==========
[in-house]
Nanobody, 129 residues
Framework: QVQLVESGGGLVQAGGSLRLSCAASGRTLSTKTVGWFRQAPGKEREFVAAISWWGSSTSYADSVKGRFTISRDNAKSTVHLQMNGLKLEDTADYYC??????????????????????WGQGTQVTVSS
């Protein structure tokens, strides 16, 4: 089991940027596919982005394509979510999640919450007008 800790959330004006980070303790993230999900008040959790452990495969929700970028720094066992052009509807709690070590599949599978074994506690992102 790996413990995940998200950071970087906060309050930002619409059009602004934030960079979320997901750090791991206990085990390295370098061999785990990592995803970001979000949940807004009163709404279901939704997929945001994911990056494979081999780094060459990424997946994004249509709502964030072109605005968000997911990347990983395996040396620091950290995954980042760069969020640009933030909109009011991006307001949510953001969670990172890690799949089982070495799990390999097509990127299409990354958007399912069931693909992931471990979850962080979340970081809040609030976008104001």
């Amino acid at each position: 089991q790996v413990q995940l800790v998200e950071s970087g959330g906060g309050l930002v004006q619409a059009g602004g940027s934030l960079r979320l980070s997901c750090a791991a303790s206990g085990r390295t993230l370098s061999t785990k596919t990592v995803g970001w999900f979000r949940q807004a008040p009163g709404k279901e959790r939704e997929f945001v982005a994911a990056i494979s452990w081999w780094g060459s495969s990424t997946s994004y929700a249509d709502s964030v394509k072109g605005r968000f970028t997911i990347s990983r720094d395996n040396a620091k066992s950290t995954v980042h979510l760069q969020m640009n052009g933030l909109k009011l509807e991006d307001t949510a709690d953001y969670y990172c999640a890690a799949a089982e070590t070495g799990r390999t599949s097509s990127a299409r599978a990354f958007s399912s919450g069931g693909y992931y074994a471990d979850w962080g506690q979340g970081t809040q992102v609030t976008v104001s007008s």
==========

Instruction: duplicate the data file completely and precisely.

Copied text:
[in-house]
Nanobody, 129 residues
Framework: QVQLVESGGGLVQAGGSLRLSCAASGRTLSTKTVGWFRQAPGKEREFVAAISWWGSSTSYADSVKGRFTISRDNAKSTVHLQMNGLKLEDTADYYC??????????????????????WGQGTQVTVSS
């Protein structure tokens, strides 16, 4: 089991940027596919982005394509979510999640919450007008 800790959330004006980070303790993230999900008040959790452990495969929700970028720094066992052009509807709690070590599949599978074994506690992102 790996413990995940998200950071970087906060309050930002619409059009602004934030960079979320997901750090791991206990085990390295370098061999785990990592995803970001979000949940807004009163709404279901939704997929945001994911990056494979081999780094060459990424997946994004249509709502964030072109605005968000997911990347990983395996040396620091950290995954980042760069969020640009933030909109009011991006307001949510953001969670990172890690799949089982070495799990390999097509990127299409990354958007399912069931693909992931471990979850962080979340970081809040609030976008104001």
């Amino acid at each position: 089991q790996v413990q995940l800790v998200e950071s970087g959330g906060g309050l930002v004006q619409a059009g602004g940027s934030l960079r979320l980070s997901c750090a791991a303790s206990g085990r390295t993230l370098s061999t785990k596919t990592v995803g970001w999900f979000r949940q807004a008040p009163g709404k279901e959790r939704e997929f945001v982005a994911a990056i494979s452990w081999w780094g060459s495969s990424t997946s994004y929700a249509d709502s964030v394509k072109g605005r968000f970028t997911i990347s990983r720094d395996n040396a620091k066992s950290t995954v980042h979510l760069q969020m640009n052009g933030l909109k009011l509807e991006d307001t949510a709690d953001y969670y990172c999640a890690a799949a089982e070590t070495g799990r390999t599949s097509s990127a299409r599978a990354f958007s399912s919450g069931g693909y992931y074994a471990d979850w962080g506690q979340g970081t809040q992102v609030t976008v104001s007008s």